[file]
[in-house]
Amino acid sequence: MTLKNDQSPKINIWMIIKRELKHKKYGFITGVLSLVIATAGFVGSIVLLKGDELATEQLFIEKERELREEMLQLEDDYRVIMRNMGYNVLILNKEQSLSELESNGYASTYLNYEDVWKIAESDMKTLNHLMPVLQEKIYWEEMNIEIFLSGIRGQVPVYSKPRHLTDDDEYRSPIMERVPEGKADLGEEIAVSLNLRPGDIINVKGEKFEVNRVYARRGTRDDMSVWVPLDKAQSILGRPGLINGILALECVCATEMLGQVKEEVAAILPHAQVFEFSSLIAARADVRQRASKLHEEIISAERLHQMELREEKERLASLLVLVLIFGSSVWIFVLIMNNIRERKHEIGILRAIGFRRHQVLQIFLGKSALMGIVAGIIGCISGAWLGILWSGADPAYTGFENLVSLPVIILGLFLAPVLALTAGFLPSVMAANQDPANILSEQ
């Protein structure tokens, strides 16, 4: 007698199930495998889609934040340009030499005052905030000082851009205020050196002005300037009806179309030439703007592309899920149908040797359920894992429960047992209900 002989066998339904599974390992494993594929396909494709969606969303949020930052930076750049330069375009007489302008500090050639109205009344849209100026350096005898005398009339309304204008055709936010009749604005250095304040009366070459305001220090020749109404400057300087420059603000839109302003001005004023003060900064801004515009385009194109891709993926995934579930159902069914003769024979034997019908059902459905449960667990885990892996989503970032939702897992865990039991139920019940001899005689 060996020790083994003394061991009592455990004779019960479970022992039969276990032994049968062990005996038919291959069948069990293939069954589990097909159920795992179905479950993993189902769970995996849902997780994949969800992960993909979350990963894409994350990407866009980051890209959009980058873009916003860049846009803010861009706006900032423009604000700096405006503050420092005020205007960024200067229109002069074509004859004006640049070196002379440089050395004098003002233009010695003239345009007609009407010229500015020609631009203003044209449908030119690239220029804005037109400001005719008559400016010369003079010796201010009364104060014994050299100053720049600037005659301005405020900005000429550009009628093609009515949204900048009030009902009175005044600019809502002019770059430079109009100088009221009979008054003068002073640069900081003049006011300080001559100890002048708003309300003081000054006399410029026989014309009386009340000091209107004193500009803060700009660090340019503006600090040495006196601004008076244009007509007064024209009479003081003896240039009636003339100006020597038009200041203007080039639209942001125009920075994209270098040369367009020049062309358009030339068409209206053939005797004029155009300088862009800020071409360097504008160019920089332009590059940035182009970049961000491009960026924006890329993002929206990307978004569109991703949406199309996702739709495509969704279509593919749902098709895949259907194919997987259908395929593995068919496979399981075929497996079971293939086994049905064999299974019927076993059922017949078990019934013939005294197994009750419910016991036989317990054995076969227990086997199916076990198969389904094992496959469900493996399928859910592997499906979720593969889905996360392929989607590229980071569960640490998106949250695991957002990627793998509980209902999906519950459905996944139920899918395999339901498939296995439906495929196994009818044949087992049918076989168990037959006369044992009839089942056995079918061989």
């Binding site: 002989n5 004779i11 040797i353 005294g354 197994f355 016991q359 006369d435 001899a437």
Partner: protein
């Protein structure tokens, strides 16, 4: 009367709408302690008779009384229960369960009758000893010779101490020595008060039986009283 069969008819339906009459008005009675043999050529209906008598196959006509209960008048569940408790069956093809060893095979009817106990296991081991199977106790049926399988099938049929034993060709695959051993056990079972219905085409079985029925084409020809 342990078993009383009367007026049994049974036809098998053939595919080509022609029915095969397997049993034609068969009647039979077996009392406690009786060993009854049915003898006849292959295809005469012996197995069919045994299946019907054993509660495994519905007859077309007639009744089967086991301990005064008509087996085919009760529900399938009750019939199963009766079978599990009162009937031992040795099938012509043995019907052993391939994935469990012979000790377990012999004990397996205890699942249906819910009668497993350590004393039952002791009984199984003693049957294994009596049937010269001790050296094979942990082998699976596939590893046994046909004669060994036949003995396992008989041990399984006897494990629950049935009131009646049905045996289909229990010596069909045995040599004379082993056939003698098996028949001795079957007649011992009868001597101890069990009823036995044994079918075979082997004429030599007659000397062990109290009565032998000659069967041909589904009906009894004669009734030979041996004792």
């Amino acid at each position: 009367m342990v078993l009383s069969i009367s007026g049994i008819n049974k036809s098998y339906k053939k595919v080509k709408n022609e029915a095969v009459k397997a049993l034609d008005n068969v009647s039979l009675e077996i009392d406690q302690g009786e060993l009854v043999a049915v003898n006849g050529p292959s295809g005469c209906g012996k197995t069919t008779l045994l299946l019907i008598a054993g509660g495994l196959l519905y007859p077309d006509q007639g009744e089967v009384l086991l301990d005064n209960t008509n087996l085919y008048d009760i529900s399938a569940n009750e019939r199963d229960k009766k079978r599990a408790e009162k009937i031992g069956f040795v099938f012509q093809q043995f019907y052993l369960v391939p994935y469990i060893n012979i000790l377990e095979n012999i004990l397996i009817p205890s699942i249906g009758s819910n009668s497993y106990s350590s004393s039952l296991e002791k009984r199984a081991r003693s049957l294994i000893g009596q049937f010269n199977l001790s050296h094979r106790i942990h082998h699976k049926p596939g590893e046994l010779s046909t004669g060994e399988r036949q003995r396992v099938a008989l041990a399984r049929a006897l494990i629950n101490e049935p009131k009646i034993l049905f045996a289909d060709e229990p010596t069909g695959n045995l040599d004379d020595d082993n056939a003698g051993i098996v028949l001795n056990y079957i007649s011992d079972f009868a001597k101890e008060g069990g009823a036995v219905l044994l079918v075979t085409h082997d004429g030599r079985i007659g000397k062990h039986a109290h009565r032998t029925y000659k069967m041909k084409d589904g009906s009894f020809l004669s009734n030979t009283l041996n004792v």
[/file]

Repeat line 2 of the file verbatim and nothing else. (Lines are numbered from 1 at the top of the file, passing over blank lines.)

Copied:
Amino acid sequence: MTLKNDQSPKINIWMIIKRELKHKKYGFITGVLSLVIATAGFVGSIVLLKGDELATEQLFIEKERELREEMLQLEDDYRVIMRNMGYNVLILNKEQSLSELESNGYASTYLNYEDVWKIAESDMKTLNHLMPVLQEKIYWEEMNIEIFLSGIRGQVPVYSKPRHLTDDDEYRSPIMERVPEGKADLGEEIAVSLNLRPGDIINVKGEKFEVNRVYARRGTRDDMSVWVPLDKAQSILGRPGLINGILALECVCATEMLGQVKEEVAAILPHAQVFEFSSLIAARADVRQRASKLHEEIISAERLHQMELREEKERLASLLVLVLIFGSSVWIFVLIMNNIRERKHEIGILRAIGFRRHQVLQIFLGKSALMGIVAGIIGCISGAWLGILWSGADPAYTGFENLVSLPVIILGLFLAPVLALTAGFLPSVMAANQDPANILSEQ